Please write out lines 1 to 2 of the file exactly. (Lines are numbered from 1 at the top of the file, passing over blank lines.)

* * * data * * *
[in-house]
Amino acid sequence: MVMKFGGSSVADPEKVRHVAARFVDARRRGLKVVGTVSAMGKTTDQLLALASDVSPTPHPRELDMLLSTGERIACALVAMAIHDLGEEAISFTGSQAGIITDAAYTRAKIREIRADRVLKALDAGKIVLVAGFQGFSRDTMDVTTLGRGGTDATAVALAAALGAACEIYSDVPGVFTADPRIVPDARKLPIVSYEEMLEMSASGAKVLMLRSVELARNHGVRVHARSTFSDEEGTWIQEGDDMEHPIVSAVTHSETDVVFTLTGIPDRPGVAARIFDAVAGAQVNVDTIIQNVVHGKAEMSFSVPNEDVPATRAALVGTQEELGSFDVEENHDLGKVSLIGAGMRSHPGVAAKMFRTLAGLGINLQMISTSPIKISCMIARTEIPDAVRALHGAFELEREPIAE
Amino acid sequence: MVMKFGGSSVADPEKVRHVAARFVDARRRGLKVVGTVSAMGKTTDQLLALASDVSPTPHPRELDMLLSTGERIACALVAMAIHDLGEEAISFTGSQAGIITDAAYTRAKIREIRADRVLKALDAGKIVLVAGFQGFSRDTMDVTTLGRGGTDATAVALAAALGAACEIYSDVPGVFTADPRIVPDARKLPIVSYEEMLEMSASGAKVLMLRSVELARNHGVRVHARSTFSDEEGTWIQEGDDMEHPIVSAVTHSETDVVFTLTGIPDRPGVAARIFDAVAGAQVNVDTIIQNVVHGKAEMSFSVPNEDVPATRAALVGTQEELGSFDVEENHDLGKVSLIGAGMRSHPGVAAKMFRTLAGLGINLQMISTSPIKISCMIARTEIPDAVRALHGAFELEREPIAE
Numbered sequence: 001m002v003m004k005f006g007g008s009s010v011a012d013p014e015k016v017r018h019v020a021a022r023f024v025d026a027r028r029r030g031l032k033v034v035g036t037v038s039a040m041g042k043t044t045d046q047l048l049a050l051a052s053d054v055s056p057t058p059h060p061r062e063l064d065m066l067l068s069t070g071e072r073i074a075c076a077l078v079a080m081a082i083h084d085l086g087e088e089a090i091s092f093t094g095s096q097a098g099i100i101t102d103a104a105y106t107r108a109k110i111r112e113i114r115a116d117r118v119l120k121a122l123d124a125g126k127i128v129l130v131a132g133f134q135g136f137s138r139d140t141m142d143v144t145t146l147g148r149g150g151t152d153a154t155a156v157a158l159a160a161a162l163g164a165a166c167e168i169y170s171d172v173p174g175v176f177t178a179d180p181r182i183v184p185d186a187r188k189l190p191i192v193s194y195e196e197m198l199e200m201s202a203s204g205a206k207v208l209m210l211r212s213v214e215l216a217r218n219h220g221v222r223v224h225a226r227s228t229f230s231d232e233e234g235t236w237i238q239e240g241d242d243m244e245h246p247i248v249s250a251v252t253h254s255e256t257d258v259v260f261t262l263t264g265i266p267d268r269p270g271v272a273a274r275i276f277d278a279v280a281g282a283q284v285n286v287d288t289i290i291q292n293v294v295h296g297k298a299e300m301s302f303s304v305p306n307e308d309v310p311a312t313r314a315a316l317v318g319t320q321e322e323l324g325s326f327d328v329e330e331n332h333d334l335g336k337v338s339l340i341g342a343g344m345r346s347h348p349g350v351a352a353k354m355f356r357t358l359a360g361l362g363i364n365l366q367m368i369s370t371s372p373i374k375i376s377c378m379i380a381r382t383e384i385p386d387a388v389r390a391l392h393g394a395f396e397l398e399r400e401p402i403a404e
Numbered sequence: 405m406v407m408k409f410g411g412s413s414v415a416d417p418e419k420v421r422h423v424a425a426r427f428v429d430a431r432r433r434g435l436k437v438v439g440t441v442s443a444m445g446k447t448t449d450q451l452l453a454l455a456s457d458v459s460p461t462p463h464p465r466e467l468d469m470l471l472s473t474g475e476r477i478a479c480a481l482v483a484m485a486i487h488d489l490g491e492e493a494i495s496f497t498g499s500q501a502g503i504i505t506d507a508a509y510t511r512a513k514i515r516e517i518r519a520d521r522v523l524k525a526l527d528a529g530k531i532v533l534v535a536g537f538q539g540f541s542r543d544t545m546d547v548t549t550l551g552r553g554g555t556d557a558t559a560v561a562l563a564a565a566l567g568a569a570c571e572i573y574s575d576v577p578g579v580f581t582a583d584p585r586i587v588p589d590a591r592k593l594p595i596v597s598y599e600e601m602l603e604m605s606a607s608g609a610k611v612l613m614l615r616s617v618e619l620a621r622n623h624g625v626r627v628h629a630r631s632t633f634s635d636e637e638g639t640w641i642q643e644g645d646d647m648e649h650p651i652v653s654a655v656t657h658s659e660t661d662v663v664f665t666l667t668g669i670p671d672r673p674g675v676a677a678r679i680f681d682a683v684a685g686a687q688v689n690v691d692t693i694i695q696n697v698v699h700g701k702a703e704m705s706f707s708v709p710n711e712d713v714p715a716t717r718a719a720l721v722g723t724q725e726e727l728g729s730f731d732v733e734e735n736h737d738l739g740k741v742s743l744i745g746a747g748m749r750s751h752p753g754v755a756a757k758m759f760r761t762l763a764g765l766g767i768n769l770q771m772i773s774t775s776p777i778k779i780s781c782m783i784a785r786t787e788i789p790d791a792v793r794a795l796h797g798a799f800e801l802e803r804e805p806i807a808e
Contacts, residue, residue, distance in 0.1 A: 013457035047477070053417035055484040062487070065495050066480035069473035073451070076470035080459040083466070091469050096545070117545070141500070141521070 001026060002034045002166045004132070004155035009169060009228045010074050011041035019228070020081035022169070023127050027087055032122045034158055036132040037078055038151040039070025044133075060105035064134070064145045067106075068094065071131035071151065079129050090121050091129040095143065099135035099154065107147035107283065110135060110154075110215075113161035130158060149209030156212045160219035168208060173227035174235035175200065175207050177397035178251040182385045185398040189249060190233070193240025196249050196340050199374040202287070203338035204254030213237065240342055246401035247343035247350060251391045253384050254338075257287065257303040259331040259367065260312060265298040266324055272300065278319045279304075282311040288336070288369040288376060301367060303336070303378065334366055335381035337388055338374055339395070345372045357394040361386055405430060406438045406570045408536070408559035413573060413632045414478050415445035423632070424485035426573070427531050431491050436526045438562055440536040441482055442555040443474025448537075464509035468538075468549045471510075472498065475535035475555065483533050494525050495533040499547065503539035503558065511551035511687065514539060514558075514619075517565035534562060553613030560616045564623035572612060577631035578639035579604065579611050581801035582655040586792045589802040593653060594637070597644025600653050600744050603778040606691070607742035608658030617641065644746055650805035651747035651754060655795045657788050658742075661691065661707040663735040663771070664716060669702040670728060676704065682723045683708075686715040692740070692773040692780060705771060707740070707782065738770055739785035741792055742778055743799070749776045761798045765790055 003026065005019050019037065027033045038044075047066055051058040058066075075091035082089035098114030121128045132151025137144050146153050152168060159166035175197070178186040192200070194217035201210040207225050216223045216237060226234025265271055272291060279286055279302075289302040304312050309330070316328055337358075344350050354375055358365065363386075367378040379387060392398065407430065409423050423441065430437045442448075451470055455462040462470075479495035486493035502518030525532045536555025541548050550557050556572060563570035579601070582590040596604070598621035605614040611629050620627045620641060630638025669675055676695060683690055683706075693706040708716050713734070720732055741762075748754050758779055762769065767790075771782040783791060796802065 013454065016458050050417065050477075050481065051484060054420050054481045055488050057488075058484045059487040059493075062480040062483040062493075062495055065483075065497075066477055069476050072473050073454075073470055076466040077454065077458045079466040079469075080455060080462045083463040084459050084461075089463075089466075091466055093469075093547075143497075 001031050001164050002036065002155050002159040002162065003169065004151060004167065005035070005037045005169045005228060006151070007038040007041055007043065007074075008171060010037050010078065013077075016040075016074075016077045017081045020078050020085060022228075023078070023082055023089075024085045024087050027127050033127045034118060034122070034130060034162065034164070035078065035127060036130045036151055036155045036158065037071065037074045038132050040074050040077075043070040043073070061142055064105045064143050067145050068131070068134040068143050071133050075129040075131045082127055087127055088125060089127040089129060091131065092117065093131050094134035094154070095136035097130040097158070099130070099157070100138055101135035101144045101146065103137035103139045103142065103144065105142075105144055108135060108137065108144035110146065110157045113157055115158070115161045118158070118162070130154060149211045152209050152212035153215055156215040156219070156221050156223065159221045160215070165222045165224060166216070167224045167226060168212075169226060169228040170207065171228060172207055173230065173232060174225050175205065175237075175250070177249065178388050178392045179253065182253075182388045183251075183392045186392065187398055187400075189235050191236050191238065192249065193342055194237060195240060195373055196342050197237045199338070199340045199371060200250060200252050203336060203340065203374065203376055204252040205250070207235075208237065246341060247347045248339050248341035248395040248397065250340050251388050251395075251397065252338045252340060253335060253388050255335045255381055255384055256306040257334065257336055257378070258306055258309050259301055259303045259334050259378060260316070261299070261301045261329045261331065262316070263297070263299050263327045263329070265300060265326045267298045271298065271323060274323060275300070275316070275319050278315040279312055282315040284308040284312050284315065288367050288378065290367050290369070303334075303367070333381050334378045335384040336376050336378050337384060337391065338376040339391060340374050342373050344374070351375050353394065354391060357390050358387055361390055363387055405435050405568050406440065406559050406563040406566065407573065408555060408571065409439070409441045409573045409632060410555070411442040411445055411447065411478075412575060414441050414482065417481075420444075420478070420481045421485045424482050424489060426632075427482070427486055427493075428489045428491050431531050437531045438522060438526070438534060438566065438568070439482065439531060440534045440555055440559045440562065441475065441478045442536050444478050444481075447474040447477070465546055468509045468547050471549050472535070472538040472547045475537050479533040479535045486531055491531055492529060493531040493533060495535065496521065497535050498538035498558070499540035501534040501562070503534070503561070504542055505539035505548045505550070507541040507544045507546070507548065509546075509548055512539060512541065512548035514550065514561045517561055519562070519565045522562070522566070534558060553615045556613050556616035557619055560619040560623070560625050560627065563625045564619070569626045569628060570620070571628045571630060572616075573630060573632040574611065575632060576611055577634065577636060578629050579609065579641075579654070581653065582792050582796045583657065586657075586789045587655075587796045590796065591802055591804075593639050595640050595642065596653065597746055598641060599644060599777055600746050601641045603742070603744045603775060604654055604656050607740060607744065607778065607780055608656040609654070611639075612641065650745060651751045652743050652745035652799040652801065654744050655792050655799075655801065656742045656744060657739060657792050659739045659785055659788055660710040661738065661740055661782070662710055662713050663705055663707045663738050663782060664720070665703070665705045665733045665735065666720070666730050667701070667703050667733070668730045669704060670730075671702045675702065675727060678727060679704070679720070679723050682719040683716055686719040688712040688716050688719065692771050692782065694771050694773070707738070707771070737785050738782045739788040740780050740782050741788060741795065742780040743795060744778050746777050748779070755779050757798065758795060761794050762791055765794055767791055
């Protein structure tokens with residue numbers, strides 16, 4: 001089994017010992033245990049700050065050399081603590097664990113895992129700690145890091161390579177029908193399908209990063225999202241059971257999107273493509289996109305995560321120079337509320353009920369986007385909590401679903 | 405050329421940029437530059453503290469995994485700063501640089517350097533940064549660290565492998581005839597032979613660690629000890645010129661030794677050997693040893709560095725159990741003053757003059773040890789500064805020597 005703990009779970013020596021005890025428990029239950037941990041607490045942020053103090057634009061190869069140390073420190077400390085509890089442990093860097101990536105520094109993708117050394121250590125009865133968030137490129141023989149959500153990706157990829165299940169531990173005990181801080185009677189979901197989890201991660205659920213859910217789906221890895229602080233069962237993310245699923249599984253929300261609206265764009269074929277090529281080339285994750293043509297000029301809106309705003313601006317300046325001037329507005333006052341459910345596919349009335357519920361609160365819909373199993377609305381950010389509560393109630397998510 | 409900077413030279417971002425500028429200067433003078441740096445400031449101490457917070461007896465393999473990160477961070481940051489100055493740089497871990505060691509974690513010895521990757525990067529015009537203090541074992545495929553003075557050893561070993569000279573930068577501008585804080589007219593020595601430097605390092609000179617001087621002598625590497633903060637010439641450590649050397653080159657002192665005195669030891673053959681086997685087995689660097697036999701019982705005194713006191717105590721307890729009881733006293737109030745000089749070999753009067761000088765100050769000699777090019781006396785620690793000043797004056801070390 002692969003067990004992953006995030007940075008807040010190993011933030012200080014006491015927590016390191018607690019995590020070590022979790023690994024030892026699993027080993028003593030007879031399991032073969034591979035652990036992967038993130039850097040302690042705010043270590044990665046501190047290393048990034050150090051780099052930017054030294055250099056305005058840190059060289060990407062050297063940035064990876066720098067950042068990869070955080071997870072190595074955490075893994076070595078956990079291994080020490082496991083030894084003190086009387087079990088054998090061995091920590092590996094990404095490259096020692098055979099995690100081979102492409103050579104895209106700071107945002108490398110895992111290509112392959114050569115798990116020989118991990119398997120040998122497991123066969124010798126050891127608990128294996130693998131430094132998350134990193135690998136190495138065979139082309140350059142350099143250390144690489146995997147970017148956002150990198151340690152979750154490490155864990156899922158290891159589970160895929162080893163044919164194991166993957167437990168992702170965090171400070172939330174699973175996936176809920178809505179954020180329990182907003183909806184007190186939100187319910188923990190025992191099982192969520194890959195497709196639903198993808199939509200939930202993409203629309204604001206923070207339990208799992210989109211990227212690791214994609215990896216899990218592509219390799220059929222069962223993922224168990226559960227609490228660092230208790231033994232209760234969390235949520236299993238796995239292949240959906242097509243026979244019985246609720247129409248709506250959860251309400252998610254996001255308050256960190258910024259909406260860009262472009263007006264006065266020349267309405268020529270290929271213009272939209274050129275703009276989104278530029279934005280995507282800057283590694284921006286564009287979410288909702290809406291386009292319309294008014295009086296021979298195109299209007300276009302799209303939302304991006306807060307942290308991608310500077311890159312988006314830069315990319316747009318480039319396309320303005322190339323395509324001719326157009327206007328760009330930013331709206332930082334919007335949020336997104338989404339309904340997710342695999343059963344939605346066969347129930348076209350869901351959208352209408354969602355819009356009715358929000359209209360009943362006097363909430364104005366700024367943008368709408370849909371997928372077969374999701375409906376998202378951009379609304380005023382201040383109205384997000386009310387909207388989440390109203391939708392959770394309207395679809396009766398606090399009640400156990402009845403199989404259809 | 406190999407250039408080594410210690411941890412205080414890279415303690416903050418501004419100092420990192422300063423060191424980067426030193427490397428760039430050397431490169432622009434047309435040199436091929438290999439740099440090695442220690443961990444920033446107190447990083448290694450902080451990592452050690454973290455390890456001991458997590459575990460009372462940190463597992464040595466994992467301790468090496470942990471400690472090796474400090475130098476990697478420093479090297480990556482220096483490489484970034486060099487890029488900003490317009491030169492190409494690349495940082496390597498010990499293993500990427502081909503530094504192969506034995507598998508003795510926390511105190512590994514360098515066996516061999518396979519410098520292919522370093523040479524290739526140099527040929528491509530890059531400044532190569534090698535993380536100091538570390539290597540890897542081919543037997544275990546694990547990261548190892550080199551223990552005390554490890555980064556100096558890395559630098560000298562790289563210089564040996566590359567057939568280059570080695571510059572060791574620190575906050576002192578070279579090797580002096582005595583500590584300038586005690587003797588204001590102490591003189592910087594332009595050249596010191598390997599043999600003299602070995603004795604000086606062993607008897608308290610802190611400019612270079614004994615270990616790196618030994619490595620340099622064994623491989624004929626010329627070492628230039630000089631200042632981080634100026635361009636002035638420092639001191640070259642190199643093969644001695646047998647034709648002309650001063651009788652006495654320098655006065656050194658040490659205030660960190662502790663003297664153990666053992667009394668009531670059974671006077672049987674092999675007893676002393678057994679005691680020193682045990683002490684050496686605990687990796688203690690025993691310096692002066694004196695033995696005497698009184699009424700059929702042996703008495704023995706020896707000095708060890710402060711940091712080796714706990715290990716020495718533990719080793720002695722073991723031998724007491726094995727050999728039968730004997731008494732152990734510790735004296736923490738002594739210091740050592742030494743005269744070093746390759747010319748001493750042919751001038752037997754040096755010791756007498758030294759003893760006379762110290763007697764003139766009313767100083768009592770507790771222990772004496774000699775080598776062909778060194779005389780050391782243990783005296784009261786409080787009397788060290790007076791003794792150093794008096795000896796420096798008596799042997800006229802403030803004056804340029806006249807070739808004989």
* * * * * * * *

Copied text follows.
[in-house]
Amino acid sequence: MVMKFGGSSVADPEKVRHVAARFVDARRRGLKVVGTVSAMGKTTDQLLALASDVSPTPHPRELDMLLSTGERIACALVAMAIHDLGEEAISFTGSQAGIITDAAYTRAKIREIRADRVLKALDAGKIVLVAGFQGFSRDTMDVTTLGRGGTDATAVALAAALGAACEIYSDVPGVFTADPRIVPDARKLPIVSYEEMLEMSASGAKVLMLRSVELARNHGVRVHARSTFSDEEGTWIQEGDDMEHPIVSAVTHSETDVVFTLTGIPDRPGVAARIFDAVAGAQVNVDTIIQNVVHGKAEMSFSVPNEDVPATRAALVGTQEELGSFDVEENHDLGKVSLIGAGMRSHPGVAAKMFRTLAGLGINLQMISTSPIKISCMIARTEIPDAVRALHGAFELEREPIAE